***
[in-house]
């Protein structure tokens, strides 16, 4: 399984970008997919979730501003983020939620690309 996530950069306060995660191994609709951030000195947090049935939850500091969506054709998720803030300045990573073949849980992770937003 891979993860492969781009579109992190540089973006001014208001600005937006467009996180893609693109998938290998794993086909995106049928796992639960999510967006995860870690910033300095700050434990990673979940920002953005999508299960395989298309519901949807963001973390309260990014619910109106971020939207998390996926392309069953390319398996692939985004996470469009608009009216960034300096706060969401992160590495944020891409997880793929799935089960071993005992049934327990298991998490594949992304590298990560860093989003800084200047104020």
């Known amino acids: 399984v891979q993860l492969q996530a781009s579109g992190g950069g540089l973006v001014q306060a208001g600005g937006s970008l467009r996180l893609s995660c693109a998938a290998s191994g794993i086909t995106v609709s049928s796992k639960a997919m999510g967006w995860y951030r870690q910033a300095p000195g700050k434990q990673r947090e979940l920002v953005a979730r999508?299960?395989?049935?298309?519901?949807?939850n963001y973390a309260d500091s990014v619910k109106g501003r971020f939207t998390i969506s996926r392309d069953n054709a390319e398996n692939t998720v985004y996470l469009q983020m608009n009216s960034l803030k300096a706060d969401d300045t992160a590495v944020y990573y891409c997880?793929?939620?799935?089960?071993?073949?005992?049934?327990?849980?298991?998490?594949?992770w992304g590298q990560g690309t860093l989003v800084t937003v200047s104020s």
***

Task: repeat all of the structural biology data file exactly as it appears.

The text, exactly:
[in-house]
């Protein structure tokens, strides 16, 4: 399984970008997919979730501003983020939620690309 996530950069306060995660191994609709951030000195947090049935939850500091969506054709998720803030300045990573073949849980992770937003 891979993860492969781009579109992190540089973006001014208001600005937006467009996180893609693109998938290998794993086909995106049928796992639960999510967006995860870690910033300095700050434990990673979940920002953005999508299960395989298309519901949807963001973390309260990014619910109106971020939207998390996926392309069953390319398996692939985004996470469009608009009216960034300096706060969401992160590495944020891409997880793929799935089960071993005992049934327990298991998490594949992304590298990560860093989003800084200047104020």
């Known amino acids: 399984v891979q993860l492969q996530a781009s579109g992190g950069g540089l973006v001014q306060a208001g600005g937006s970008l467009r996180l893609s995660c693109a998938a290998s191994g794993i086909t995106v609709s049928s796992k639960a997919m999510g967006w995860y951030r870690q910033a300095p000195g700050k434990q990673r947090e979940l920002v953005a979730r999508?299960?395989?049935?298309?519901?949807?939850n963001y973390a309260d500091s990014v619910k109106g501003r971020f939207t998390i969506s996926r392309d069953n054709a390319e398996n692939t998720v985004y996470l469009q983020m608009n009216s960034l803030k300096a706060d969401d300045t992160a590495v944020y990573y891409c997880?793929?939620?799935?089960?071993?073949?005992?049934?327990?849980?298991?998490?594949?992770w992304g590298q990560g690309t860093l989003v800084t937003v200047s104020s």